Birmingham City Council (BCC) has placed an order with Wrightbus for 20 hydrogen fuel cell-electric StreetDeck FCEV double-deckers. They will enter service with National Express West Midlands (NXWM) from April 2021.
The buses are part of BCC’s Clean Air Hydrogen Bus pilot. That project aims to ‘kick start’ the use of hydrogen as a fuel. BCC has collaborated with ITM Power, which will produce the hydrogen and dispense it from a hub at Tyseley Energy Park.
There is an aim to run the Wrightbus StreetDeck FCEV buses on the region’s Sprint bus rapid transit network when it opens. They will complement 29 zero-emission, battery-electric BYD ADL Enviro400EV double-deckers already in service with NXWM in Birmingham and Coventry and represent a further step in National Express’s commitment that its entire bus fleet will be zero-emission by 2030.
National Express UK Managing Director Tom Stables says the hydrogen double-deckers will help the group to “learn which routes lend themselves” to the energy source. They will also allow it to evaluate what the mix of vehicles in its fleet should be going forwards. The StreetDeck FCEVs will have a range of 300 miles.
“These new buses will be fitted out to our Platinum specification, so customers will benefit from free wi-fi, USB chargers and extra legroom,” adds Mr Stables.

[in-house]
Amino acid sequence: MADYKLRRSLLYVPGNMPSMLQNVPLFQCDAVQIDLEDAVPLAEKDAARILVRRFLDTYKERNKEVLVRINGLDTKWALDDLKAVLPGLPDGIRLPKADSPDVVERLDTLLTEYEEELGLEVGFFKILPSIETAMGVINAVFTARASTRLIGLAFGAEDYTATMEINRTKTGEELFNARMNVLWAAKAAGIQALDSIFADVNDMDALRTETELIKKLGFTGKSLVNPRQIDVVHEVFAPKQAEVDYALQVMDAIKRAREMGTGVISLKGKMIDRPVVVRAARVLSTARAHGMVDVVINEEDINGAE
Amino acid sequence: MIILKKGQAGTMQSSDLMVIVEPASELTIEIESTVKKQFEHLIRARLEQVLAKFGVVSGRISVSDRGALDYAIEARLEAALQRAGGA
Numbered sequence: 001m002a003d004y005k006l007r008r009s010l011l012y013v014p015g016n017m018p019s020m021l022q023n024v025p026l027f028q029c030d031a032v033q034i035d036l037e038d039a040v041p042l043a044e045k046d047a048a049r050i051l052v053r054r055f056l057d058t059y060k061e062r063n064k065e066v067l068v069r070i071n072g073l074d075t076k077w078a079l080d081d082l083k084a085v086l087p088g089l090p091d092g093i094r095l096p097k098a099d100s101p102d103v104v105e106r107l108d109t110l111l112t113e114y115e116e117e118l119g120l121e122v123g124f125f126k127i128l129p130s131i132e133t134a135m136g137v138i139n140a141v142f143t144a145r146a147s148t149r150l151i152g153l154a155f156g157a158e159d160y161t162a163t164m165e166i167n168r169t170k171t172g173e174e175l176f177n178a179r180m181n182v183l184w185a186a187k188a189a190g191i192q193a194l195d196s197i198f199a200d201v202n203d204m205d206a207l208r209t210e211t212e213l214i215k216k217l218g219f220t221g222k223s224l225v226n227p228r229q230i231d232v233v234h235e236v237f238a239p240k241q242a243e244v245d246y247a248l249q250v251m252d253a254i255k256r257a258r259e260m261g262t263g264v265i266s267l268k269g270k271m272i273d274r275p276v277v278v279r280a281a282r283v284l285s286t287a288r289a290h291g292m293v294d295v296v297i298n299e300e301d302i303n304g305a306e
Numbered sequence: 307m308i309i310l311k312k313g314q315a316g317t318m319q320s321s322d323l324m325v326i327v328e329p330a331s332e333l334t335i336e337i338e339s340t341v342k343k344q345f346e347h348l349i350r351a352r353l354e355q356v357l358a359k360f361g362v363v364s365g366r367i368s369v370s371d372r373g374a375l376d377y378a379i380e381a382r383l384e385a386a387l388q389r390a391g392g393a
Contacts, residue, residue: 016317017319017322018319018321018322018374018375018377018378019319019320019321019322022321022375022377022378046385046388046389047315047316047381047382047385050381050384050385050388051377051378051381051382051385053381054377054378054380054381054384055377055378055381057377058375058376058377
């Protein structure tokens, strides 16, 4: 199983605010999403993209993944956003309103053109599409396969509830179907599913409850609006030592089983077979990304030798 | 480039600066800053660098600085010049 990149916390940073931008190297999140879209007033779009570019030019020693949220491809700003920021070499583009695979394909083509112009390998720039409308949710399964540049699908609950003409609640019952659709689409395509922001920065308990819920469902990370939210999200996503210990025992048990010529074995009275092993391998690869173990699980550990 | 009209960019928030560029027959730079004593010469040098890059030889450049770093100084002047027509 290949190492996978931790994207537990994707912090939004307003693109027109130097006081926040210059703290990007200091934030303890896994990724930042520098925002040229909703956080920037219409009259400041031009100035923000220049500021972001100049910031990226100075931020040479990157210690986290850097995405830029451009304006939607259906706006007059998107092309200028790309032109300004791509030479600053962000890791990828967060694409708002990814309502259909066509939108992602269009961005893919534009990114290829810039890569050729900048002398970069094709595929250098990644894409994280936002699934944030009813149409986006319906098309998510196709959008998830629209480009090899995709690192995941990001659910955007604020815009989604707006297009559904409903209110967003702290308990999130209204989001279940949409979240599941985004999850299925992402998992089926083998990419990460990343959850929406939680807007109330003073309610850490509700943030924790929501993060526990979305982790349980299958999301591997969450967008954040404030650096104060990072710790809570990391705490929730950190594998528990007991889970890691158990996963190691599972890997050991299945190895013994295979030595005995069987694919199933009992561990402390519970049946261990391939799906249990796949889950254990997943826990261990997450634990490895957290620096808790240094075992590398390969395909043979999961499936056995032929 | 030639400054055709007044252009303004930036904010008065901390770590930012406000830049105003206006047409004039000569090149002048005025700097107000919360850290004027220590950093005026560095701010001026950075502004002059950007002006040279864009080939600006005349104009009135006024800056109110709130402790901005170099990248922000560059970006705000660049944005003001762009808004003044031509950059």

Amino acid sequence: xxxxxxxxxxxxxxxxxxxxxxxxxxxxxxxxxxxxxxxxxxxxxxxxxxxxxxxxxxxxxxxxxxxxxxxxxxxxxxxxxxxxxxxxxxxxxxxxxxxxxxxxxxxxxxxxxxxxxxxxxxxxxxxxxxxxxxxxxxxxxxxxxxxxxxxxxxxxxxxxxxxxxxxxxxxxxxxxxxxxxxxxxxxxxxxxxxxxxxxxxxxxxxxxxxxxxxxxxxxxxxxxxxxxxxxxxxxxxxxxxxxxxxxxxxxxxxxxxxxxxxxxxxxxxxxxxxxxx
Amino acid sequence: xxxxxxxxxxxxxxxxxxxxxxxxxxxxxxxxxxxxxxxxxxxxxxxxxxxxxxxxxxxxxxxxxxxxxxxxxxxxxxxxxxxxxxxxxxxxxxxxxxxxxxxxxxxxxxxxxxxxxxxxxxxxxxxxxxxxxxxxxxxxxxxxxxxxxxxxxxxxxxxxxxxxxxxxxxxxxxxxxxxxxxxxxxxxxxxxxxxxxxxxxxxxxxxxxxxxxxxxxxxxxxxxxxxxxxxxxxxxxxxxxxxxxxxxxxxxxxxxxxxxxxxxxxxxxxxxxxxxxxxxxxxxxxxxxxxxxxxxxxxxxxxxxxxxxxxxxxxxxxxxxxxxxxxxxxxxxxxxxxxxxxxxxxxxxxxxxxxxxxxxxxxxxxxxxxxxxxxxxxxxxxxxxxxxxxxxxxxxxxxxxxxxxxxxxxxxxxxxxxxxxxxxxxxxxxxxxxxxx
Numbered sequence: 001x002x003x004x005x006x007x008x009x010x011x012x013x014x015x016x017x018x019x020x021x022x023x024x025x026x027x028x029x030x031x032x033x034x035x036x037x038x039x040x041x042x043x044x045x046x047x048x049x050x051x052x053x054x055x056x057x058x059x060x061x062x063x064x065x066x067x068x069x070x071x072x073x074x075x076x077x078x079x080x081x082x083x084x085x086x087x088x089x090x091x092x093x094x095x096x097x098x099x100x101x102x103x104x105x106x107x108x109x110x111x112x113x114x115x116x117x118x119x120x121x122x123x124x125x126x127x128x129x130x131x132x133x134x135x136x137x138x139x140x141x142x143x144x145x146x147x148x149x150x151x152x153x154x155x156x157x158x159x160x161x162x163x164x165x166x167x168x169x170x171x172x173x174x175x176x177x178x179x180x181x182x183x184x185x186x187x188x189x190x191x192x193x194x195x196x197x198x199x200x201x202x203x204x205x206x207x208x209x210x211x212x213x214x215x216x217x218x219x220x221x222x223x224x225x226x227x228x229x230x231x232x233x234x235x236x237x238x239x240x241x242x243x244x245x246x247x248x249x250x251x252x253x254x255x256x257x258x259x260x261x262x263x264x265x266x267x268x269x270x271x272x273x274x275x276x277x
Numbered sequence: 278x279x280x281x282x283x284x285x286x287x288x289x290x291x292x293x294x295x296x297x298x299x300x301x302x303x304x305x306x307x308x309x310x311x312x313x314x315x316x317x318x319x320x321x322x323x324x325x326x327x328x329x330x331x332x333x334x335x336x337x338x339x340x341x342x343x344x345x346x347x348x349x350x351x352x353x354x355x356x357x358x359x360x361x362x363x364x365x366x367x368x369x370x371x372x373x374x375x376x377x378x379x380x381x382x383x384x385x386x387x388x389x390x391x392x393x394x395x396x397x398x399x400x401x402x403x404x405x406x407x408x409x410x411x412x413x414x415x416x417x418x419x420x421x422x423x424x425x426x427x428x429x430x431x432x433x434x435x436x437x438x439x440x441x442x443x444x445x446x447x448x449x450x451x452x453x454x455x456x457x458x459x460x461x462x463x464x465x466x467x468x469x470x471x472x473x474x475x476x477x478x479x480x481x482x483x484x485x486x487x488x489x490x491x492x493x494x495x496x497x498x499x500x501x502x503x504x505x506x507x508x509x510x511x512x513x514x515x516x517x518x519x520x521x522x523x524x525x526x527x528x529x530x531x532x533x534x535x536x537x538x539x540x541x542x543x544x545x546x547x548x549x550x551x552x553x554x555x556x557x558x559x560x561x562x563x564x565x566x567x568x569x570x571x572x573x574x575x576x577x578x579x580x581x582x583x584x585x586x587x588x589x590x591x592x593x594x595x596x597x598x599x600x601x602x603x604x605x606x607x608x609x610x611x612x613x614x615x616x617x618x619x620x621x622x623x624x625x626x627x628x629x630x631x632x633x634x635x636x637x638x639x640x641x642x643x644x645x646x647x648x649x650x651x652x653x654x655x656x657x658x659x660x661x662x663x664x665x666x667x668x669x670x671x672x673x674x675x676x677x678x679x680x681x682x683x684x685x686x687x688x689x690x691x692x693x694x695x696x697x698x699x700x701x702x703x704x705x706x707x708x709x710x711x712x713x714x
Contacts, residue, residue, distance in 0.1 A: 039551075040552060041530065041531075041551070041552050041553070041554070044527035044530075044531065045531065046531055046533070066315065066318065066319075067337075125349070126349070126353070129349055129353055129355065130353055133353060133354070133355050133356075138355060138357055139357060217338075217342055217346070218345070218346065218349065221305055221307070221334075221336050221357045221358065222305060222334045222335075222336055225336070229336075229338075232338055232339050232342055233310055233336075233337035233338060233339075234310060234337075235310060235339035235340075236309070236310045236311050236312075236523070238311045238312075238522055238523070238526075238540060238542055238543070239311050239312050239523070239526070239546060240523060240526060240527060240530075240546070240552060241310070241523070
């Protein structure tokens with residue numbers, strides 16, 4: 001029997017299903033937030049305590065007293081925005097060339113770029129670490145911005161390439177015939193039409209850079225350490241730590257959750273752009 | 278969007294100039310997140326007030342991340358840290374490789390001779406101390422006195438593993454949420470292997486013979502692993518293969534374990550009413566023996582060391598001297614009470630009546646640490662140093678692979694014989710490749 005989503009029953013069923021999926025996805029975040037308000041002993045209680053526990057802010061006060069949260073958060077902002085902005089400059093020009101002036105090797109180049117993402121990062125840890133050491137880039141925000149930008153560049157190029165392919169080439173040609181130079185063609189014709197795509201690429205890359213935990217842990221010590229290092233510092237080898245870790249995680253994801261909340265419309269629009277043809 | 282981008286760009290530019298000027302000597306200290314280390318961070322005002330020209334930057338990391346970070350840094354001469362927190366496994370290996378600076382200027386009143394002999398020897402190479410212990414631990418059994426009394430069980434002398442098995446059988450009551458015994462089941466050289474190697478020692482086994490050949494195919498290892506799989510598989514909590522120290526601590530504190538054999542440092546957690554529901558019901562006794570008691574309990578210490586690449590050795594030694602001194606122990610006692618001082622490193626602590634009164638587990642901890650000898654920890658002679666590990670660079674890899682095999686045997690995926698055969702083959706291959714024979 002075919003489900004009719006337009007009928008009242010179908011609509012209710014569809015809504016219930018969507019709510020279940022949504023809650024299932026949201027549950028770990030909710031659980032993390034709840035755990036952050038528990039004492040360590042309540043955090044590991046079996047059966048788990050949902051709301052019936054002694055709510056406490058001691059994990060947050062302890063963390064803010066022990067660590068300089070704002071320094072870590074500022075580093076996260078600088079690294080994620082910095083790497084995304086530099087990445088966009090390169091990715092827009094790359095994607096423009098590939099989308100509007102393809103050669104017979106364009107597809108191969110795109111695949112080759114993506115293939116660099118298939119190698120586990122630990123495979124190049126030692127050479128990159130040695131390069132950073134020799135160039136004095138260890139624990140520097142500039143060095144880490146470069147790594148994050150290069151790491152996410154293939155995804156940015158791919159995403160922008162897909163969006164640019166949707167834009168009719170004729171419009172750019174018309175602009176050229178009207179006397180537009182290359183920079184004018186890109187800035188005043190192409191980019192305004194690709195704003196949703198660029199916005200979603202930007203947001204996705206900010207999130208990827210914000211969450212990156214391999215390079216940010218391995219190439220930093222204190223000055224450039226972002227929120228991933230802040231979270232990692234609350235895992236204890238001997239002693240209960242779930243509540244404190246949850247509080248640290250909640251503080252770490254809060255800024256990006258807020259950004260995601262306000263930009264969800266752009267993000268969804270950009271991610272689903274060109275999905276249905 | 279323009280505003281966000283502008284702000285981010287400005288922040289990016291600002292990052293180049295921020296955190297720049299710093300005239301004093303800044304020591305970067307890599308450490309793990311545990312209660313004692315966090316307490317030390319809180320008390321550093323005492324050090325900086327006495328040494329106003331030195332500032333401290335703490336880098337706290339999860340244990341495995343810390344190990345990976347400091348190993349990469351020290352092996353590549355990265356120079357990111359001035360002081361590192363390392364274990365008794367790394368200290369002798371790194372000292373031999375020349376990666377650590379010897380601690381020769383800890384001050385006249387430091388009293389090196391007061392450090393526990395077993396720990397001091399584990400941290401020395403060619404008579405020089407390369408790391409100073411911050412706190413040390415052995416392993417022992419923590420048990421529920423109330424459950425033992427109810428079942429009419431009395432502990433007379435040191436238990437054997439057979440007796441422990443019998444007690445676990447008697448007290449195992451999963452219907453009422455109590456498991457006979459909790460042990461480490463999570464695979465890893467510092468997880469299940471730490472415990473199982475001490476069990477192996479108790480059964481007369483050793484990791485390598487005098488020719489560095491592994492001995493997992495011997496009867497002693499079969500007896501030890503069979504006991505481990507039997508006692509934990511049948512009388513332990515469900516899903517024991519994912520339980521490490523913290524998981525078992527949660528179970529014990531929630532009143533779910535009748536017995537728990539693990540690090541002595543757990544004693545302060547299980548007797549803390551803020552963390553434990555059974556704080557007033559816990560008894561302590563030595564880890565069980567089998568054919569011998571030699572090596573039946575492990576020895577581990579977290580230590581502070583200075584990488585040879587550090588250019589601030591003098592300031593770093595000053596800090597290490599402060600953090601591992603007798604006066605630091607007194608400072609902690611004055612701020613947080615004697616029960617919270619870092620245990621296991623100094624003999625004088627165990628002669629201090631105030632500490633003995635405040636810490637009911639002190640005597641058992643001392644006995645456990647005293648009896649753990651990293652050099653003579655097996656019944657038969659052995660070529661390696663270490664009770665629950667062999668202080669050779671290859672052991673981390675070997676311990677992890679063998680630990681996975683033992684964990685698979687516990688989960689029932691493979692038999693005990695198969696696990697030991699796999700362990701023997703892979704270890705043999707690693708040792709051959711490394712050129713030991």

The Clean Air Hydrogen Bus pilot is being funded through a variety of sources, including the Office for Low Emission Vehicles, Greater Birmingham and Solihull Local Enterprise Partnership, BCC and the Joint Initiative for Hydrogen Vehicles across Europe (JIVE).
Wrightbus will also supply StreetDeck FCEVs to Aberdeen and London, which it says are expected to enter service later in 2020. The manufacturer also plans to deploy the model elsewhere in Europe.
Wrightbus Owner and Chairman Jo Bamford has used the Birmingham order as a platform to reiterate his earlier comments that the adoption of fuel cell power could help to develop “a world leading UK hydrogen economy, which will bring multi-million pound investments and tens of thousands of jobs.”